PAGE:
In operation, current limit circuit 10 is a current limiting circuit for negative voltage output signals and is therefore a negative current limit circuit. Transistor 18 is configured as a conventional Darlington transistor. Assume initially that current source 11, resistor 12 and transistor 14 are functioning to make transistor 18 conductive to provide a negative output voltage. Transistor 14 couples a positive voltage to the base of transistor 14. The base bias voltage of transistor 18 may readily saturate transistor 18 so that theoretically an infinite amount of current may be provided at the output by transistor 18. However, before this large amount of current is allowed to be provided, transistors 14 and 16 function to remove the base drive voltage from transistor 18. As soon as a voltage potential greater than the base to emitter voltage of transistor 16 exists across resistor 20, transistor 16 becomes conductive which removes the base drive voltage of transistor 14. As a result, transistor 14 makes transistor 18 less conductive. Transistor 18 will thereafter be regulated via the feedback provided by transistors 14 and 16 so that the voltage across resistor 20 is not permitted to be greater than the Vbe of transistor 16. Therefore, the output current is limited to a predetermined value determined primarily by the resistive value of resistor 20 and the Vbe of transistor 16.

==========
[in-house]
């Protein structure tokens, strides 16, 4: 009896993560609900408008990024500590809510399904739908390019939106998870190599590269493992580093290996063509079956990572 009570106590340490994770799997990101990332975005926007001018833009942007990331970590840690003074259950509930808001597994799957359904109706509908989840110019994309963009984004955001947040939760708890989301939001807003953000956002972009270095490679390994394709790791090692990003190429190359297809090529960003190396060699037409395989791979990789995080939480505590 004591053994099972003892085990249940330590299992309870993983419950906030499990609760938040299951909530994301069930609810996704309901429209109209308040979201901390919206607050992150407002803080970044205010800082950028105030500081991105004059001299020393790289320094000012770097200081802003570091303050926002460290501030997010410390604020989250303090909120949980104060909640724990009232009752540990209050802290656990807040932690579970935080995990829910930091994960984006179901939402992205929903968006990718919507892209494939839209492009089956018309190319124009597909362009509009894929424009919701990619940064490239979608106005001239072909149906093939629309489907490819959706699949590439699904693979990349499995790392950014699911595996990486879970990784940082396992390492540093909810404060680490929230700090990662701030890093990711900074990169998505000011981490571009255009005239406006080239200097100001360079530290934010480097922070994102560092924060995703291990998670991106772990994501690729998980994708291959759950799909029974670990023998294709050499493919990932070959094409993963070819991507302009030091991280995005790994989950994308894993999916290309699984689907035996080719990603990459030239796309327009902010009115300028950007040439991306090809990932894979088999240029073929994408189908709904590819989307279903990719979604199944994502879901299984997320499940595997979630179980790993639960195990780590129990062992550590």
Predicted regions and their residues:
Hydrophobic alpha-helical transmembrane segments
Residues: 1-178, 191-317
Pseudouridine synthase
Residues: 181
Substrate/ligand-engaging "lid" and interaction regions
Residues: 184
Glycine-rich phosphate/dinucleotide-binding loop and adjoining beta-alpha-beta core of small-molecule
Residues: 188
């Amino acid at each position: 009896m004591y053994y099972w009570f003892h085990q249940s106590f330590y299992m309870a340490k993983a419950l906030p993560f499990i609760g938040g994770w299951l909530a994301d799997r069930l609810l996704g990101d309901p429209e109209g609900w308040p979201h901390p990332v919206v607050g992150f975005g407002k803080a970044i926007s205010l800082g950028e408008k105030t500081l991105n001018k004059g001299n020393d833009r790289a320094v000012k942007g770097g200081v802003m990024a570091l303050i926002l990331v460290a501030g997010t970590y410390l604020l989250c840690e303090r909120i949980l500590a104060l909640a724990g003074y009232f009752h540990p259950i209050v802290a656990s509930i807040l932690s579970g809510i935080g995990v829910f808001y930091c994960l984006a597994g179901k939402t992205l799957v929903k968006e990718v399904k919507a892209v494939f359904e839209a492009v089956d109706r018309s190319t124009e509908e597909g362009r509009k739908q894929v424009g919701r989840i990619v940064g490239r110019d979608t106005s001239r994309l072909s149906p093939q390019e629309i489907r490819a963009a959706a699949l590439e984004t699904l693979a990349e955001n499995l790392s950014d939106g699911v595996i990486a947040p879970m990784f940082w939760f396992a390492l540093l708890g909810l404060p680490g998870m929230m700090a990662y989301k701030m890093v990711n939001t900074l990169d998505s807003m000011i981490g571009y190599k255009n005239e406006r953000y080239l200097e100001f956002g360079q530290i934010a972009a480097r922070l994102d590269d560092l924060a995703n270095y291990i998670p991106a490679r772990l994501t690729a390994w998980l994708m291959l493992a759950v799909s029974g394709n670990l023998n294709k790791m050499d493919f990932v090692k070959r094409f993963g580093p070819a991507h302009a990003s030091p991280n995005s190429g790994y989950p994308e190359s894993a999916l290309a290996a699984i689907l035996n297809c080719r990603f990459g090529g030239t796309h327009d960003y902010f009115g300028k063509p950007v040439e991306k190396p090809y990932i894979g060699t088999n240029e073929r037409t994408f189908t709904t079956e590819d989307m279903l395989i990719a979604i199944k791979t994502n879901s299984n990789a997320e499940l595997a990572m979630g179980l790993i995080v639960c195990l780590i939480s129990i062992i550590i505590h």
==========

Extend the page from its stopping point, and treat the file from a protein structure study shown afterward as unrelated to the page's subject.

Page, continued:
Shown in FIG. 1 (b) is a known bipolar current limit circuit 24 which functions as a current source to limit an output current to a predetermined maximum value. A resistor 26 has a first terminal connected to a positive power supply voltage (+V), and a second terminal connected to both an anode of a diode 28 and to a base of a bipolar transistor 30. A collector of transistor 30 is connected to the positive power supply voltage. A cathode of diode 28 is connected to an anode of a diode 32. A cathode of diode 32 is connected to an output voltage terminal. An emitter of transistor 30 is connected to a first terminal of a resistor 34, and a second terminal of resistor 34 is connected to the output voltage terminal.
In operation, current limit circuit 24 limits output current for positive voltage output signals and is a positive current limit circuit. Assume initially that the output voltage is rising and current is increasing when a direct short circuit to ground potential is applied across the output for whatever reason. By analyzing the loop formed by diodes 28 and 32, transistor 30 and resistor 34, it should be readily apparent that a single diode voltage drop is forced across resistor 34. The base of transistor 30 is clamped at two diode voltage drops above the voltage potential of the output terminal. The base to emitter junction voltage (Vbe) of transistor 30 translates this clamp voltage to only a single diode voltage drop which is clamped across resistor 34. Resistor 26 functions as a bias resistor and is typically large valued. Therefore, resistor 26 is incapable of supplying the entire amount of short circuit current to the output terminal so that circuit 24 is current limited in this respect. Transistor 30 only supplies whatever current to the output which is required to allow only a single Vbe voltage drop across resistor 34 which completes the limiting of current at the output terminal. As the current flowing through resistor 26 increases, the voltage at the base of transistor 30 reaches a diode threshold voltage drop above the Vbe of transistor 30. At this point, diodes 28 and 32 become conductive and shunt current away from the base of transistor 30. Therefore, transistor 30 is current limited to a value which provides a single Vbe across resistor 34. Any excess base current coupled to the base of transistor 30 as a result of a large supply voltage is shunted by diodes 28 and 32 to the output without amplification.